1. Name and address of the patient for whom the drug was prescribed
2. Name and strength (if applicable) of the drug prescribed
3. Directions for use as prescribed
4. Name and address of the prescriber
5. Identity of the manufacturer of the drug product most recently dispensed
6. Identification number of the prescription, i.e. prescription number
7. Total quantity of the drug remaining to be dispensed
8. Date the drug was first dispensed under the prescription and the date of the last refill
a. The date issued by the prescriber is not required except for benzodiazepines and other targeted substances (Benzodiazepines and Other Targeted Substances Regulations)
9. Quantity most recently dispensed, if different from the quantity prescribed
10. Name of the registrant who is responsible for the transfer of the prescription
Records Required by the Transferring Pharmacy
- Date of the transfer
- Identity of the pharmacy to which the prescription was transferred
- Name of the registrant responsible for the transfer
- If the prescription is transferred verbally, the name of the registrant who received the transfer.
Requirements for the Receiving Pharmacy
- The person receiving the transfer must ensure the transfer was made from a pharmacy licenced in a province or territory of Canada, i.e. can only receive a transfer from an accredited Canadian pharmacy.
- The required information provided by the transferring pharmacy has been recorded.
- For verbal transfers, the record is signed by a registrant.
All the above requirements for both pharmacies are required in order to transfer the authority to dispense the prescription in the receiving pharmacy.
Limitations to the Transfer of Prescriptions
Under the regulations, conditions exist where a transfer is not permitted:
1. Prescriptions cannot be transferred if the total quantity of the drug authorized has been dispensed, i.e. no refills remain or no quantity left to transfer.
a. A copy (1) of the prescription can be provided to the other pharmacy who can then contact the physician for a new authorization or the registrant may use their expanded scope to authorize the prescription provided they have enough information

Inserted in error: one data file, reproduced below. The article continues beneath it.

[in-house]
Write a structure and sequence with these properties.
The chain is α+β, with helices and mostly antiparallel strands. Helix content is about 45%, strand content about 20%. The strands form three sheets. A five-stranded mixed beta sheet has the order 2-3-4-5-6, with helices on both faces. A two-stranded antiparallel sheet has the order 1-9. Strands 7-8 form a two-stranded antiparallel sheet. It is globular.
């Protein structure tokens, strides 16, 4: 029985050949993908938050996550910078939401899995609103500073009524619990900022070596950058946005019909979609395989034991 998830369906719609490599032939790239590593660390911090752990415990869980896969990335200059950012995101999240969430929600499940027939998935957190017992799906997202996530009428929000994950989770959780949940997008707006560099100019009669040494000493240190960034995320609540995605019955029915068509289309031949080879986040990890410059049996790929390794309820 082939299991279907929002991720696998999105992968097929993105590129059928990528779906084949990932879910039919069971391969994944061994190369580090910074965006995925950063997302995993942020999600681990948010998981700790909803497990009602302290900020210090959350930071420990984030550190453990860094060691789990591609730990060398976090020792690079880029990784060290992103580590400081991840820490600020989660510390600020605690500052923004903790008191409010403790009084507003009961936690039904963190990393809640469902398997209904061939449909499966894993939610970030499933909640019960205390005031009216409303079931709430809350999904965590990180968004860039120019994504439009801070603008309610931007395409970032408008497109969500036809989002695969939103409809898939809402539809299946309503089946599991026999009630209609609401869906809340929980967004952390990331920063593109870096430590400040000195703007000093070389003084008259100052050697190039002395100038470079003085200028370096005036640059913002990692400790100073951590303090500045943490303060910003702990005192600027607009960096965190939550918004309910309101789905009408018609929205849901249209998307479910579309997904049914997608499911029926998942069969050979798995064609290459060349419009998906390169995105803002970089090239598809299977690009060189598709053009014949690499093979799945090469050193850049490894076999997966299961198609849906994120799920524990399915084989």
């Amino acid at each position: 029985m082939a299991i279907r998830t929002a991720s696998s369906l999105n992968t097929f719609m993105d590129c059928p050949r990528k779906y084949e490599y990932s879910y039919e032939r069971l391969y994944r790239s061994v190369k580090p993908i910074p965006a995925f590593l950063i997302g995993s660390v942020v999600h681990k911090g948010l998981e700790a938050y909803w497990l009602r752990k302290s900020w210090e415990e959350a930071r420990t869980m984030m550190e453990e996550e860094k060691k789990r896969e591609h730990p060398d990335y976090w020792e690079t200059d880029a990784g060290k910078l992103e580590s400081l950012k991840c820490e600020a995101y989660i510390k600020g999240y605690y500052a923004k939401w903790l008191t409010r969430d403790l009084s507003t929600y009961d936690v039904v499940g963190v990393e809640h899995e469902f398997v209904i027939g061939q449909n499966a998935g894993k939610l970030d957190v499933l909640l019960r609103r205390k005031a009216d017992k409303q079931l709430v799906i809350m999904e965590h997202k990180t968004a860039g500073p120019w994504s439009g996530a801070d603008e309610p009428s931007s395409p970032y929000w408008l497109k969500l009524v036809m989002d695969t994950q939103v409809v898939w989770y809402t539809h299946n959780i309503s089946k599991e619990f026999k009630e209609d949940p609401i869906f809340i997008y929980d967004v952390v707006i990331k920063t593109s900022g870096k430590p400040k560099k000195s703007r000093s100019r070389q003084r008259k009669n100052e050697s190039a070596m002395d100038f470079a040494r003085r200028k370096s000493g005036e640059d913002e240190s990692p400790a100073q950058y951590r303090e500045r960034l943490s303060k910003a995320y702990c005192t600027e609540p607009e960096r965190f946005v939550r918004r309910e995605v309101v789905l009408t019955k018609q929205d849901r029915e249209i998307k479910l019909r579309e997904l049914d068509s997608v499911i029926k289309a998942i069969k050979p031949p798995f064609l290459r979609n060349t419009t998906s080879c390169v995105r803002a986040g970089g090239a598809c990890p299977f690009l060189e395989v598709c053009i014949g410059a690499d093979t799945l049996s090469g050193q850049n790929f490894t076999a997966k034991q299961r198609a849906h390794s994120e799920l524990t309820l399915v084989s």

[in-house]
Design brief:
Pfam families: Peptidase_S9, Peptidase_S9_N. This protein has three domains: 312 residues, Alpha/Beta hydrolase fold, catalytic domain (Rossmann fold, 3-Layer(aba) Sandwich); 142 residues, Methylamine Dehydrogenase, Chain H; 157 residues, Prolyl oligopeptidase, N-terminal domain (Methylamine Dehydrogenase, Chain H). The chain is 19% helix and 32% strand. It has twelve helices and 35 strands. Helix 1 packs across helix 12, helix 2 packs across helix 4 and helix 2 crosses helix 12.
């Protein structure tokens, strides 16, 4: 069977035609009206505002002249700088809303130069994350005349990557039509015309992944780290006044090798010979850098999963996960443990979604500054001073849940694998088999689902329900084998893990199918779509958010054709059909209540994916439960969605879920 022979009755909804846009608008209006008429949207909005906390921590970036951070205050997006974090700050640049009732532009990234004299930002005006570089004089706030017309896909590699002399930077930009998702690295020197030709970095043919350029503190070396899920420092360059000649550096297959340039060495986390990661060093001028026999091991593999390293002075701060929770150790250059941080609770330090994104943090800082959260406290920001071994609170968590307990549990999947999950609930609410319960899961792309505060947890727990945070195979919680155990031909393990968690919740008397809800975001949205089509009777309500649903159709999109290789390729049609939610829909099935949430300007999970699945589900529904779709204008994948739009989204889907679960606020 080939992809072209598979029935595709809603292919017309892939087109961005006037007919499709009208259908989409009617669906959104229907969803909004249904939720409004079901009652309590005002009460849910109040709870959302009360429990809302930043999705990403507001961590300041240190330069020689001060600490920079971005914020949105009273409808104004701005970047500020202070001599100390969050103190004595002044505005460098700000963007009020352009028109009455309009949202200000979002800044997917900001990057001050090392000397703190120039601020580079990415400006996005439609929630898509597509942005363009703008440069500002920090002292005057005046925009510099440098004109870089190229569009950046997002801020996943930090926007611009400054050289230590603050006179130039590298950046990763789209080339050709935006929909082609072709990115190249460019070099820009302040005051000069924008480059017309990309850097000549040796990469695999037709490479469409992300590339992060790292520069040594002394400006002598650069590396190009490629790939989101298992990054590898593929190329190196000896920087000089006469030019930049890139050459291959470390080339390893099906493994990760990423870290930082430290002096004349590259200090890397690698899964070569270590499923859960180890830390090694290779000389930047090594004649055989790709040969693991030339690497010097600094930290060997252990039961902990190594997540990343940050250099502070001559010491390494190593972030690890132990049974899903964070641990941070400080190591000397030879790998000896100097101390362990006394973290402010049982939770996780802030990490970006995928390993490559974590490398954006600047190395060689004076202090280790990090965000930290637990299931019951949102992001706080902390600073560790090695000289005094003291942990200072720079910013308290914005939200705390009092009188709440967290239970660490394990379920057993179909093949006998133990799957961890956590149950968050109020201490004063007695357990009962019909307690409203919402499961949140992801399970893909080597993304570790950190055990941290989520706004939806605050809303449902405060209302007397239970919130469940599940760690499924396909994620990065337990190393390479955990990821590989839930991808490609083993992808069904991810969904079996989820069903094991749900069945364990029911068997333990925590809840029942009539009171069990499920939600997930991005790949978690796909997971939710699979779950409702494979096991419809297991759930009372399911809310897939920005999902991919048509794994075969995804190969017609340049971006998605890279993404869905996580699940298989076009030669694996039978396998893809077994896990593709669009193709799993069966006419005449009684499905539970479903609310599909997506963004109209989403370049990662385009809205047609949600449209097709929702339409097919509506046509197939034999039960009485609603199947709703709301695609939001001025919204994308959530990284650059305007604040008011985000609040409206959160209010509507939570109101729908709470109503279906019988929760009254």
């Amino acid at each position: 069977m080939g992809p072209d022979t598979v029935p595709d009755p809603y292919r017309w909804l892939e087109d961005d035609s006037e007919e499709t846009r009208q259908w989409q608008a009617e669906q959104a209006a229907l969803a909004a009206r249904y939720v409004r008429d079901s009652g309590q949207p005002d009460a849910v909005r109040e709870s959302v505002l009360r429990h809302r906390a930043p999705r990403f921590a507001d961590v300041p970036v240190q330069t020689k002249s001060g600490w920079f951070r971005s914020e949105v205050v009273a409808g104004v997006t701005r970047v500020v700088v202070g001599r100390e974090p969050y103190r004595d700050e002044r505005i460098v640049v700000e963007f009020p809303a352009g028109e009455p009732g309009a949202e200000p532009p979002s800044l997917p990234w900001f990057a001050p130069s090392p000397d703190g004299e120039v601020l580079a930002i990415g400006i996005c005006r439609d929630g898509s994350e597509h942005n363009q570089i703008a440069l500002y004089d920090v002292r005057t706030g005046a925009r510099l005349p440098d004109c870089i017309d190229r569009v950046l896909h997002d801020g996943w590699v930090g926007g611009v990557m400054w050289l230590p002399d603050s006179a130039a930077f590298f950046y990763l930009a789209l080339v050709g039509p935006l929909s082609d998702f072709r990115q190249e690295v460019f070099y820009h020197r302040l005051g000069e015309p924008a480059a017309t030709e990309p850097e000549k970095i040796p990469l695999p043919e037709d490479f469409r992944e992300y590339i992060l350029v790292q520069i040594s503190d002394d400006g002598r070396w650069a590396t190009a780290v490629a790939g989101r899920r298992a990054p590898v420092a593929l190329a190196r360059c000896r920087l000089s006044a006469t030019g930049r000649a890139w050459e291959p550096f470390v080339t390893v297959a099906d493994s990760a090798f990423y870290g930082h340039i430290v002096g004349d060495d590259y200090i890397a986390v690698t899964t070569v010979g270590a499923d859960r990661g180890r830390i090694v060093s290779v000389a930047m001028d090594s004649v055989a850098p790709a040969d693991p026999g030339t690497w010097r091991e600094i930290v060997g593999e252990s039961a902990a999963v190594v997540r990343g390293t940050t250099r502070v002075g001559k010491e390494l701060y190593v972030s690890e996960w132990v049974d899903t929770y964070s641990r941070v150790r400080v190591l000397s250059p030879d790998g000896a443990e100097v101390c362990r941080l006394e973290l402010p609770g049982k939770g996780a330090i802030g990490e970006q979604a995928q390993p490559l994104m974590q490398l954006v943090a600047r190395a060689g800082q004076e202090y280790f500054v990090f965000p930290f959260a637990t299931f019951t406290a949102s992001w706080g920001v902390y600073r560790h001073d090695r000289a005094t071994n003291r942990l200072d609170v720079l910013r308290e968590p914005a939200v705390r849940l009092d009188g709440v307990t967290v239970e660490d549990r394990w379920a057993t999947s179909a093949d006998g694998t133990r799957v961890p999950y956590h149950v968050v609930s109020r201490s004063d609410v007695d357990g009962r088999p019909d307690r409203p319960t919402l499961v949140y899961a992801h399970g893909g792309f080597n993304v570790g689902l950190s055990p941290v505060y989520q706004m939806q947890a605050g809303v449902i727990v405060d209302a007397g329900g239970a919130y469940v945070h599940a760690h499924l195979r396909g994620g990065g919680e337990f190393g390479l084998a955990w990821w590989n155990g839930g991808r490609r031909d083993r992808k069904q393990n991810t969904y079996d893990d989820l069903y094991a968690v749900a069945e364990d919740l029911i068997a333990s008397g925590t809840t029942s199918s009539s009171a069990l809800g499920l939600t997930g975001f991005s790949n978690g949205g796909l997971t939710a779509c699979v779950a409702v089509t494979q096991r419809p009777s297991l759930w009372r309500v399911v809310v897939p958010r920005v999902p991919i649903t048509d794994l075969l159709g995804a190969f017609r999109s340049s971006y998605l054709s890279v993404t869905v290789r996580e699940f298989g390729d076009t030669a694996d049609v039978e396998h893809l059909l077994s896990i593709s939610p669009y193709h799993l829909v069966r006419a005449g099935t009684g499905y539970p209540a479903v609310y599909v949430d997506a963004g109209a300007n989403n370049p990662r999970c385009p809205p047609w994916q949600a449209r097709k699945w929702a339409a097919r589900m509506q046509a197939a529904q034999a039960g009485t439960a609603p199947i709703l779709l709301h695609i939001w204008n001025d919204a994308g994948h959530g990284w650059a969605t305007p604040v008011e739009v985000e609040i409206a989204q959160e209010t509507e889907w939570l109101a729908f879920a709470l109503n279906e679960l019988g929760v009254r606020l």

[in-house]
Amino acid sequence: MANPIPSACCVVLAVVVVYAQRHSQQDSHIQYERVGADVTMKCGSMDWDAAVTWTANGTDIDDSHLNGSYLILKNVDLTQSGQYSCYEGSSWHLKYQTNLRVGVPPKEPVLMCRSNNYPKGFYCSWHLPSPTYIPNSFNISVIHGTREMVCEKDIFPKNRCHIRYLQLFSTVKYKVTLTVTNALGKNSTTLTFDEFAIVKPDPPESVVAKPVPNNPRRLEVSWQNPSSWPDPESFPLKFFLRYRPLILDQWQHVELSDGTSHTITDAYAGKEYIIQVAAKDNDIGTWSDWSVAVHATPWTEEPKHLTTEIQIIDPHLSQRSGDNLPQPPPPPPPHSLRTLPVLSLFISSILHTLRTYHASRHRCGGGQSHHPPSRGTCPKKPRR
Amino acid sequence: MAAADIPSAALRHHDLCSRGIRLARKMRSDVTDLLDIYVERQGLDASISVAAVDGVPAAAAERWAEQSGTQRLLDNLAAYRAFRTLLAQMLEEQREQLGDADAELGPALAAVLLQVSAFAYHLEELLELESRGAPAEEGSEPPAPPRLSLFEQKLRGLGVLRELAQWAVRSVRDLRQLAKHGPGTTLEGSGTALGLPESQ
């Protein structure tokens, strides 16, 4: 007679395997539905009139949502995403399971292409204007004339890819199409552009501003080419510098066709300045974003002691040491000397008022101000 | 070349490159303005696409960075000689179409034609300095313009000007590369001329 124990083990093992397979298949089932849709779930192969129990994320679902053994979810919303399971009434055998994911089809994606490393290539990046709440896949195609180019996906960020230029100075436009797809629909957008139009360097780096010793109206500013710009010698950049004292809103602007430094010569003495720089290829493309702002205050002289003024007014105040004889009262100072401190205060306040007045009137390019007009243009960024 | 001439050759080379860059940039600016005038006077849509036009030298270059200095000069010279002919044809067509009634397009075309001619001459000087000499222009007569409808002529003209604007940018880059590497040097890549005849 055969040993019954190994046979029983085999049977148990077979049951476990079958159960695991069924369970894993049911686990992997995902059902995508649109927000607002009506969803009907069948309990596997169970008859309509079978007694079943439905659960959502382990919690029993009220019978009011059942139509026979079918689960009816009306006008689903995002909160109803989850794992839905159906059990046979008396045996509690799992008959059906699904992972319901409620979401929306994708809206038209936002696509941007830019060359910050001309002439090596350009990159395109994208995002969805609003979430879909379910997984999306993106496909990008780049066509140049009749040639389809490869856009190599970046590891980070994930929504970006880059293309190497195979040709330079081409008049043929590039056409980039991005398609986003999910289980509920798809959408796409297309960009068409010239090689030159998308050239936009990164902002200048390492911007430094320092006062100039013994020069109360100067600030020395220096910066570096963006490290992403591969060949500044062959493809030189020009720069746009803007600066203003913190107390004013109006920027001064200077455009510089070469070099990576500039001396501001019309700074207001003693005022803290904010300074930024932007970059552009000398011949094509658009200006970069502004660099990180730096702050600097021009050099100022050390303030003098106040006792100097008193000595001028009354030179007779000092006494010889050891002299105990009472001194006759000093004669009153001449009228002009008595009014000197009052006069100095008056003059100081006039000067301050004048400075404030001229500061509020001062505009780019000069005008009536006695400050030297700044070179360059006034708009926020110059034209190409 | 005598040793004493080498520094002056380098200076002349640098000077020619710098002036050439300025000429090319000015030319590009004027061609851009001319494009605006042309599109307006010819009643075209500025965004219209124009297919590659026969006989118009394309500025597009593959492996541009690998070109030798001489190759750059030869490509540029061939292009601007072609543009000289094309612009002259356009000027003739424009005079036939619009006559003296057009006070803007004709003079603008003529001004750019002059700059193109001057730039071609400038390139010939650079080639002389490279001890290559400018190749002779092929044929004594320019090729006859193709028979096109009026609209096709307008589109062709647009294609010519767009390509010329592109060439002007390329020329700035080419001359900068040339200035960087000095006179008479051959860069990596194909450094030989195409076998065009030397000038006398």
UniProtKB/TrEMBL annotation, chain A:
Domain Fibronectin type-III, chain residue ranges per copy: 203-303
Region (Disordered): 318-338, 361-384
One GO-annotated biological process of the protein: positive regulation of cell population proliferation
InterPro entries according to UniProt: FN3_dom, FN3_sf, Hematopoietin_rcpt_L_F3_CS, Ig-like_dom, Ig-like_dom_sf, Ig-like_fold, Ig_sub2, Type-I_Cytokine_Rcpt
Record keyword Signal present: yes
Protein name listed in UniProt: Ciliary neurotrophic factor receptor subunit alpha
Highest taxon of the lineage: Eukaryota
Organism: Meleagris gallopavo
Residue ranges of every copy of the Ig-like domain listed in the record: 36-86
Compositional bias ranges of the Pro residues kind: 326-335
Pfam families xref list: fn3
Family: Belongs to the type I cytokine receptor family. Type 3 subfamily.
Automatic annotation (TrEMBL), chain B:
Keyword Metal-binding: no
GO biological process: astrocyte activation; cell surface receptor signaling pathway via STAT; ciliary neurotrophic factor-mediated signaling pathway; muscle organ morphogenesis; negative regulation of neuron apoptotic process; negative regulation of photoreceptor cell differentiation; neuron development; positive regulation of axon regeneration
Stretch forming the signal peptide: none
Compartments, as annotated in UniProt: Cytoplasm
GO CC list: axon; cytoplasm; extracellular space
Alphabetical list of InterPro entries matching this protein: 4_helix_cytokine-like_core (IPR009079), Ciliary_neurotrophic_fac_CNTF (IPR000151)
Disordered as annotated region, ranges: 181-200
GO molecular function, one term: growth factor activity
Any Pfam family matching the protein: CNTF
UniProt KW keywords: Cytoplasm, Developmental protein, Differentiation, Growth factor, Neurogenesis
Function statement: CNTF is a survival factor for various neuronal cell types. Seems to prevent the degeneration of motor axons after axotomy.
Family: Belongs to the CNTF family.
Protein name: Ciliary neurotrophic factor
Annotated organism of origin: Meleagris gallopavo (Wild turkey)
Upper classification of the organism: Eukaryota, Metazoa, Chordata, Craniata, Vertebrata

b. A copy is not an authorization to fill
3. Narcotic and Controlled Drugs cannot be transferred (2)
4. Benzodiazepine and targeted substances can only be transferred once (3). Once transferred they can no longer be transferred any further.
Misconceptions and Best Practices
1. Where a patient brings in a prescription for multiple drugs on a single sheet, registrants are under the misconception that they can photocopy the prescription, fill one or two items and give the prescription with the remaining drugs ordered, back to the patient to fill elsewhere.
This is not an acceptable practice. A photo-copy does not provide a true authorization to fill the prescription as it is only a copy.
2. Some pharmacies may charge for a transfer; withholding a transfer unless the patient pays a required fee first is not in the patient’s best interest. If a pharmacy wishes to charge for a transfer, this charge is between the pharmacy and patient. Pharmacies may invoice the patient but in no way should this prevent the transfer. Registrants charging for professional services should review the policy regarding Fees for Professional Pharmacy Services.
Transfers should be done in a timely manner. If circumstances arise that result in a delay, as a professional courtesy, the registrant should inform the pharmacy awaiting the transfer.
- Drug and Pharmacies Regulation Act, s.157
- Narcotic Control Regulations, s. 31, 32
- Benzodiazepines and Other Targeted Substances Regulations, s. 54